The alternative music of the 80s and 90s, which is starting to become eligible for the Hall of Fame, threw up a raft of potential entrants, but who should go in first? Should the longevity of The Replacements and The Cure be rewarded, or should the first entrant be a band who deformed the guitar rock landscape, changing the music world beyond recognition?
Effects pedals and earplugs at the ready, because Guitar Planet are nominating the deafening, but ear drum gnawingly beautiful, music of My Bloody Valentine. The imitators might be cringe worthy, but few modern bands can claim as long or as broad ranging an impact as My Blood Valentine.
The contrast between their delicate, ethereal, melodies and the grand churning smears of Kevin Shields guitar continue to shape the modern musical dialogue. Cloud rappers and bedroom producers who would never dream of picking up a six string are nonetheless inspired by the mysterious murk that MBV forged in the late 80s and early 90s.
The Hall of Fame has come around to the idea of embracing metal and few movements were more important to the genre than The New Wave Of British Heavy Metal (or NWOBHM). Sure the acronym is ridiculous and narrative is overstated in music history, but there’s no denying the impact or brilliance of Iron Maiden.
Standing out above even Motörhead and Judas Priest, Maiden’s ability to combine the street level intensity of punk with a flair for the dramatic and the sweeping grandeur of prog, set the British band apart from their leather clad peers. The idea of taking mythological tales, literary works, bloody battles and turning them into seven minute metal masterpieces might sound pompous in the extreme, but Maiden’s earthy charm made it all seem like good fun.
Pioneering the operatic metal that now dominates much of Europe, Maiden are not only technically gifted stadium superstars, but genuine innovators who changed the face of modern metal and the listening habits of half the globe.
Could there be a better representative of the indie ethos than The Smiths? Mixing grand intellectual imagery with sardonic quips and wilfully morose laments, The Smiths stormed into the charts - standing apart from their more bombastic peers.
Johnny Marr’s guitar was buoyant, jangling delicious one moment before bellowing like a jet engine the next. The Smiths preferred to juxtapose the slight beauty of their music with the heart-breaking insights and scathing put downs that fell from Morrissey’s tongue, but when a beefy riff was required, Marr delivered.
Musically tight and overflowing with original ideas, The Smiths were, first and foremost, proper popstars - musicians who made generation defining hits without sacrificing their intellect. or their barbed tongues.
No that’s not a typo: Deep Purple are not in the Rock and Roll Hall of Fame. Hard rock icons and one of the founding fathers of the heavy metal movement, Deep Purple can not only claim to have spawned an entire genre’s worth of imitators, but delivered stellar albums in their own right.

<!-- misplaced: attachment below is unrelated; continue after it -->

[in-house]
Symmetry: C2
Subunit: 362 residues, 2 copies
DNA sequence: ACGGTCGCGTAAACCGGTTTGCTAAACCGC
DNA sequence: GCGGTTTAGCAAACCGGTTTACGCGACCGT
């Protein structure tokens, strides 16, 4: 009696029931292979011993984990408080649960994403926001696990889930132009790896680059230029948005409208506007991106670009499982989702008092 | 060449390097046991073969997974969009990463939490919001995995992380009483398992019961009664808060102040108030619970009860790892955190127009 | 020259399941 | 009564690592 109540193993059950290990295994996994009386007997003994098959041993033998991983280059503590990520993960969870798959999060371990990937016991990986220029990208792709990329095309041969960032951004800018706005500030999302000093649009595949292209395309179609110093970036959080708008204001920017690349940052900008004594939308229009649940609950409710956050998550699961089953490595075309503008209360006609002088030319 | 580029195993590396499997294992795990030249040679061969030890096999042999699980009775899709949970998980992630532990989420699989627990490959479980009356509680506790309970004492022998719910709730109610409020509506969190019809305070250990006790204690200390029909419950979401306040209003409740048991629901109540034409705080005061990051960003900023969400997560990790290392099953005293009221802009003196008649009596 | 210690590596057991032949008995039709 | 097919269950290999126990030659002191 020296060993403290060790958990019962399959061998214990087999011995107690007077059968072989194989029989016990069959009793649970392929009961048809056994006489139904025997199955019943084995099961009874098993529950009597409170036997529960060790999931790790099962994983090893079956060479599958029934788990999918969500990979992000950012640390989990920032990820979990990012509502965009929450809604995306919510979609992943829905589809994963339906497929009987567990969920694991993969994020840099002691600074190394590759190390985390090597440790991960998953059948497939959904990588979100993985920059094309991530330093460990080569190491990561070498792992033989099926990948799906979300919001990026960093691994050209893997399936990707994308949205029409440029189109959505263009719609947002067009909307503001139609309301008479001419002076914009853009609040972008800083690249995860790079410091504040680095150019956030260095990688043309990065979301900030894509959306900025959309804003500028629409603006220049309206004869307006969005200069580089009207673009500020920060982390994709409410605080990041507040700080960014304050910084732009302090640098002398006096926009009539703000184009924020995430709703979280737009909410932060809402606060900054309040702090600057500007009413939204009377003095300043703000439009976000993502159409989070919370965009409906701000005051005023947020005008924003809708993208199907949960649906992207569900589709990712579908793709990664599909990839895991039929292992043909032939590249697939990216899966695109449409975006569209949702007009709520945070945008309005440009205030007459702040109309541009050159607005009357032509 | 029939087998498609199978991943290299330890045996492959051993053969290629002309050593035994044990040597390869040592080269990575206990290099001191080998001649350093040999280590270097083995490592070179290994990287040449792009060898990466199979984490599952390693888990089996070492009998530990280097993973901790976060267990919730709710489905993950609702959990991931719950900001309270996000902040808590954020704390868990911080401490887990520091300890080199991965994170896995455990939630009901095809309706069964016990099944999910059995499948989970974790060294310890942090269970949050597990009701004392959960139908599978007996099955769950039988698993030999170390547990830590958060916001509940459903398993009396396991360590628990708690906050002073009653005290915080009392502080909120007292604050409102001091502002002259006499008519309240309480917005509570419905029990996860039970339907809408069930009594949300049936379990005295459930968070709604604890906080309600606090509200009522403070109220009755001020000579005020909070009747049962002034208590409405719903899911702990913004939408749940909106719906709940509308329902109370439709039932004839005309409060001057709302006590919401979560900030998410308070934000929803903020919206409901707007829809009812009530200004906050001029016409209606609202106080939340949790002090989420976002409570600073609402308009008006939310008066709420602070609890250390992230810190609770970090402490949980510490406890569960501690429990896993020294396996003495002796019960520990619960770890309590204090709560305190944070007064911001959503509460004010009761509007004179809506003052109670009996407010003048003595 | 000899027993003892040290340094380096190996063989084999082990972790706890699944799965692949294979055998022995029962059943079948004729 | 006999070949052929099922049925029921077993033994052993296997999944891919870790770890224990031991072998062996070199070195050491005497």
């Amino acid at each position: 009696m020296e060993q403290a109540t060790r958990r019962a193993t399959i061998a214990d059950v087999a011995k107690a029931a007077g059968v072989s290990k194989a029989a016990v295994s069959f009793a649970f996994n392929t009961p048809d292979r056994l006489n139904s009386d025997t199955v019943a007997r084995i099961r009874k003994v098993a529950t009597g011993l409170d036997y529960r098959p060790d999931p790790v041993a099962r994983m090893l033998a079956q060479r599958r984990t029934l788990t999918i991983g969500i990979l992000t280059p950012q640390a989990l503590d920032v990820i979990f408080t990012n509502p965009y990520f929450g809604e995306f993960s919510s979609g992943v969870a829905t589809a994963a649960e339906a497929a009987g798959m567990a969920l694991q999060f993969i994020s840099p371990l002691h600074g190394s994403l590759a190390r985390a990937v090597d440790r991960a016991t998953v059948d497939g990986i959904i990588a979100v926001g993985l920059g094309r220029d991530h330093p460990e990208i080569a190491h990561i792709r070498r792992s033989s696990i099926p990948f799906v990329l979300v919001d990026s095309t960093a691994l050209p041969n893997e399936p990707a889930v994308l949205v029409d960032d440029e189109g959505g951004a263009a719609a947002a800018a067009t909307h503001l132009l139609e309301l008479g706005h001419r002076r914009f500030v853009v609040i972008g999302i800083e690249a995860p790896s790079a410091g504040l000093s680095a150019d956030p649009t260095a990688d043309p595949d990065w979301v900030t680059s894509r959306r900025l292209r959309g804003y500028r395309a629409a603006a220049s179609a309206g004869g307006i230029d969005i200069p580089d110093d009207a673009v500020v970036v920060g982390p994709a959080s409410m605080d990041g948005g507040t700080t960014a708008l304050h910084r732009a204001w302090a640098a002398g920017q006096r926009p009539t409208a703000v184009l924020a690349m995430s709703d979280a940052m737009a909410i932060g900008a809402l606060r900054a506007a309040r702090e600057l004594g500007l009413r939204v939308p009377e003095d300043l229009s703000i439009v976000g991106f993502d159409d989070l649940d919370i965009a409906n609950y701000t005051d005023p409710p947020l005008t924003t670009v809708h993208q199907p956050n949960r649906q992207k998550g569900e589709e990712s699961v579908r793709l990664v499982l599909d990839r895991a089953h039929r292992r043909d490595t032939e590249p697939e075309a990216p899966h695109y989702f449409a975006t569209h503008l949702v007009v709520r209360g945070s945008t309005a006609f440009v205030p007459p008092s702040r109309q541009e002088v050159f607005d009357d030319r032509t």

“Hush”, “Woman From Tokyo”, “Highway Star”, “Burn” and, of course, “Smoke On The Water” – Deep Purple ooze that classic rock ethos. Listening back to In Rock or Machine Head in 2014 is remarkable, not only are you treated to the energy and excitement of an era when the heavier blues riffs where just beginning to be fused with up tempo, technically demanding, rock ‘n’ roll; but you can practically hear the exact chords that would encourage the Angus Youngs of this world to pick up a guitar and start a rock band.
Deep Purple pass every test. Their music is imbedded in the base fibre of rock ‘n’ roll, they are technically gifted in the extreme and, most importantly of all, they channelled that individual excellence into timeless hits and classic albums. Induct them, pronto!
For the last four years Guitar Planet has been interviewing guitarists from across the genre spectrum. We’ve sat down with artists with careers as storied as Dave Stewart and Don Felder as well as younger stars earning accolades in the here and now. Across all these interviews there has been one unifying force, one name that comes up over and over and over again: Django Reinhardt.
He might be jazz musician, a classical player who predates the rock era, but according to the Hall of Fame’s own criteria they consider “influence and significance of the artists’ contributions to the development and perpetuation of rock and roll”. Django may have died too soon to perpetuate rock and roll, but few could claim to have influenced rock guitarists more deeply.
Listen to him play, head to YouTube and find a good, long, recording and listen to his effortless control and the dynamism of his guitar work. It’s impossible to avoid the echoes of Chuck Berry, the prog greats and, yes, even the intricacies and complexity of modern metal. Some guitarists are name checked because, quite frankly, it sounds cool, but when you see a guitarist’s eyes light up at the prospect of discussing Django; you cannot help but understand his enduring relevance.
He might have missed out on the rock and roll era, but Django Reinhardt is the very embodiment of inspiration and influence.
Enter Shikari renew their archly political assault while expanding their sonic horizons on The Mindsweep.
Brutish, brazen and ungodly satisfying, Royal Blood rode a barrage of chugging bass grooves all the way to the top of the charts in 2014.
Opeth may preach exclusively to the converted, but to overlook the Swedes’ staggeringly consistent brilliance is foolhardy.
Soothing and sorrow-laden in equal measure, Lost In The Dream by The War On Drugs left Guitar Planet speechless.
Guitar Planet has had a love/hate relationship with Slash since Velvet Revolver split, but it remains impossible to deny his freewheeling riffs and slippery solos.